Organised by the Singapore Art Museum with support from the National Arts Council, the Singapore Biennale is Southeast Asia's leading and largest Biennale. Artists from around the world are invited to present audiences with a wide range of artistic experiences at the Biennale, which serves as a platform for international dialogue in contemporary art. This extensive event also provides significant opportunities for local visual artists and arts organisations, and is an occasion to cultivate deeper public engagement with the global field of contemporary art. Hence, the Biennale presents a great chance for visitors and tourists to get in touch with Singapore's local arts scene, and interact with renowned local and international artists.
Open to the public from 13 March to 15 May 2011, the third Singapore Biennale will feature 63 artists from 30 countries. More than half of the artists featured are creating new commissions or premiering new works on-site at the Biennale, and with nine Singaporean artists, Singapore Biennale 2011 features the largest proportion of local artists to date. This Biennale aims to be a rigourous and thoughtful international event with a distinctive Asian focus.
The Biennale's theme, 'Open House', is inspired by the Singaporean tradition of opening one's doors to visitors during traditional festivals such as Chinese New Year, Hari Raya, and Deepavali, which in turn relaxes boundaries between individuals and groups, and provides opportunities for reflection, negotiation, and exchange. The notion of 'Open House' keenly centres around daily transactions that take place between people, crossing the thresholds and blurring the distinction between public and private space. The 2011 Biennale is an an examination of how we cross borders, take on different perspectives, and connect with those around us.
Instead of being concentrated in a single location, 'Open House' is presented across four exhibition venues, each with their own particular character, that draw upon emblematic spaces. Two of the biggest local museums feature works inspired or influenced by unique Singaporean spaces – Singapore's Housing Development Board's public housing apartment flats at the Singapore Art Museum and SAM at 8Q, and shopping centres and night markets at the National Museum of Singapore. Two venues will also admit visitors for free – the Old Kallang Airport, a military airbase during World War II, which will present works incorporating elements and ideas of international air and sea ports, and the majestic Marina Bay, where major artworks aim to amplify the individual's artistic experience.
A key commissioned piece for the Biennale is The Merlion Hotel, which is Japanese artist Tatzu Nishi's one-of-a-kind project, comprising a luxurious temporary hotel suite constructed around Singapore’s iconic landmark and mascot, The Merlion. This unique masterpiece will open in the day for public viewing and in the evening for guests to check in for an overnight stay; all 32 nights at the hotel were booked within an hour of the opening of the reservation line. By shifting the citizen's proximity to that of the sculpture itself, Nishi stages an uncanny encounter with a public landmark in the intimacy of a private hotel room.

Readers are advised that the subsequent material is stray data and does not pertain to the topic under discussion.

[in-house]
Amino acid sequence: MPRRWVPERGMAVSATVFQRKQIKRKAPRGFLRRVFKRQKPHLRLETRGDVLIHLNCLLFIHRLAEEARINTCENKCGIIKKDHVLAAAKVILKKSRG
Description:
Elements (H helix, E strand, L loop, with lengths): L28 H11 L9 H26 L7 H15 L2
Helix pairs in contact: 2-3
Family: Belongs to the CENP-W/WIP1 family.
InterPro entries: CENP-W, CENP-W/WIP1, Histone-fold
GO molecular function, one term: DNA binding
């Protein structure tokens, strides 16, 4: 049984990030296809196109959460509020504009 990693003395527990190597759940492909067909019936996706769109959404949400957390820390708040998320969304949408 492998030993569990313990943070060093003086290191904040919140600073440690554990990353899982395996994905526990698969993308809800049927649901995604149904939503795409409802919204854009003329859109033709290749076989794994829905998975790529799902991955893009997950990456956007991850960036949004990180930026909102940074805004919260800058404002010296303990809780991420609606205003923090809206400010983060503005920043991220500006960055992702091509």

Another featured presentation is Mexican-Canadian Lozano-Hemmer's Frequency and Volume (2003), a project that uses the shadows of gallery viewers to tune into different radio frequencies. By translating human bodies into antennae and providing a ephemeral, shifting audio-visual rendering of Singapore's radio spectrum, this work explores issues of intimacy and individual freedom and choice in the public realm.
Self-Portrait, Our Landscape, a local project developed by Matthew Ngui, the Biennale's first Singaporean artistic director, with the Biennale's Outreach team, involves 3000 students who have created self portraits without drawing what they look like. In doing so, the children take on new perspectives and consider how the environments they live, work, and play in have shaped them. Subsequently, basic sound and animation techniques are used to gradually present all their self portraits, which morph into one another to create a transition landscape of collective identities.
Bringing together both internationally renowned artists and up-and-coming talents from the local contemporary art scene, the Singapore Biennale is set to be an exciting event that will delight both Singaporeans and foreign visitors. We recommend the Singapore Biennale to anyone who has an interest in modern art, or are seeking a unique and refreshing experience in Singapore.
Paid entry: Singapore Art Museum and SAM at 8Q, National Museum of Singapore
Free entry: Old Kallang Airport, Marina Bay
Opening Hours: 10am to 7pm daily (Last entry 6.15pm)
Admission: Adult $10, Student, $5, Senior citizen (60+ years) $5
Includes one-time entry to all venues, one complimentary Short Guide and one-time free audio guide rental at all venues. Tickets available at all venues except Marina Bay.